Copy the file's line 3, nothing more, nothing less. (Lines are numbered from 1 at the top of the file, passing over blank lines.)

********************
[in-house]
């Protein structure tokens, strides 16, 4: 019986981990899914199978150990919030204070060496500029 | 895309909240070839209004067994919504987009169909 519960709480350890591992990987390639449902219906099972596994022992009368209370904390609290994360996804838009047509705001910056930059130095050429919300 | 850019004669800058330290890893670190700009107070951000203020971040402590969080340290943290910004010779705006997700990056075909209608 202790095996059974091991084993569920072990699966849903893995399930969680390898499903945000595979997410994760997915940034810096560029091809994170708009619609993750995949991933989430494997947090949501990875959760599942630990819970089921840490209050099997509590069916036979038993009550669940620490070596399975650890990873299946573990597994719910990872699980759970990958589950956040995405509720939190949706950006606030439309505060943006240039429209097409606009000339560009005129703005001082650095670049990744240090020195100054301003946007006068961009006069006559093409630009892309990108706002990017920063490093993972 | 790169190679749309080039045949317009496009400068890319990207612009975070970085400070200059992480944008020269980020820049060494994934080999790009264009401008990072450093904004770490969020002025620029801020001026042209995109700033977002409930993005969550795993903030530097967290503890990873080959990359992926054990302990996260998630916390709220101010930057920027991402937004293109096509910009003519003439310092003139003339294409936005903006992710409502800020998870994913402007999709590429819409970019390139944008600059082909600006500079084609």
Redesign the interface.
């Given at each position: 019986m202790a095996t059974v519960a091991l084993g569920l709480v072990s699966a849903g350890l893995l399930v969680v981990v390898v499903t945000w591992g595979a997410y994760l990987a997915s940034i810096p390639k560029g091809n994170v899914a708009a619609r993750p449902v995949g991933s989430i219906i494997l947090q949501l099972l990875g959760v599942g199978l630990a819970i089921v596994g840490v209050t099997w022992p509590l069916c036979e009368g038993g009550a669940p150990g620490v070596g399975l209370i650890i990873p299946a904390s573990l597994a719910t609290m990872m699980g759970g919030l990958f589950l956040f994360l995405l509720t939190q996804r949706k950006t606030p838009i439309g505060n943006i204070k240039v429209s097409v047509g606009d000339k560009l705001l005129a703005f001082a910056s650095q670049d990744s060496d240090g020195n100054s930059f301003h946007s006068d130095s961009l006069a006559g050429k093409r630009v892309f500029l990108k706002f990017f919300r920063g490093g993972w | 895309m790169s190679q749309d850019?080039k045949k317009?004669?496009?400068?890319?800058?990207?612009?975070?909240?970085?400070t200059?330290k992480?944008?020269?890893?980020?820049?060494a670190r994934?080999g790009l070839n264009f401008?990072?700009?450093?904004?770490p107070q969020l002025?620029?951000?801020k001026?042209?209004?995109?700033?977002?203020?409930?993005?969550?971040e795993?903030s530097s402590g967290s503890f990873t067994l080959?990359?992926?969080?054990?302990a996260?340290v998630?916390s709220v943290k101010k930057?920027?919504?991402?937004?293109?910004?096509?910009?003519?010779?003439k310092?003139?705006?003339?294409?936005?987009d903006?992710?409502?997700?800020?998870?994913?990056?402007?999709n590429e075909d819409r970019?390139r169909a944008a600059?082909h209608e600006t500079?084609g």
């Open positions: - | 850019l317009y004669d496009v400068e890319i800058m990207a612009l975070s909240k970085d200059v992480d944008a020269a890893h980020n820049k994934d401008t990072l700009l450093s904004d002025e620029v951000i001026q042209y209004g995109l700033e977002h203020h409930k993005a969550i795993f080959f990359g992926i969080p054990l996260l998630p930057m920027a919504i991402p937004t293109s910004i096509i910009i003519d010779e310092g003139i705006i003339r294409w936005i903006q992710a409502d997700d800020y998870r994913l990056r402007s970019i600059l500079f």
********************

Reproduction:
Redesign the interface.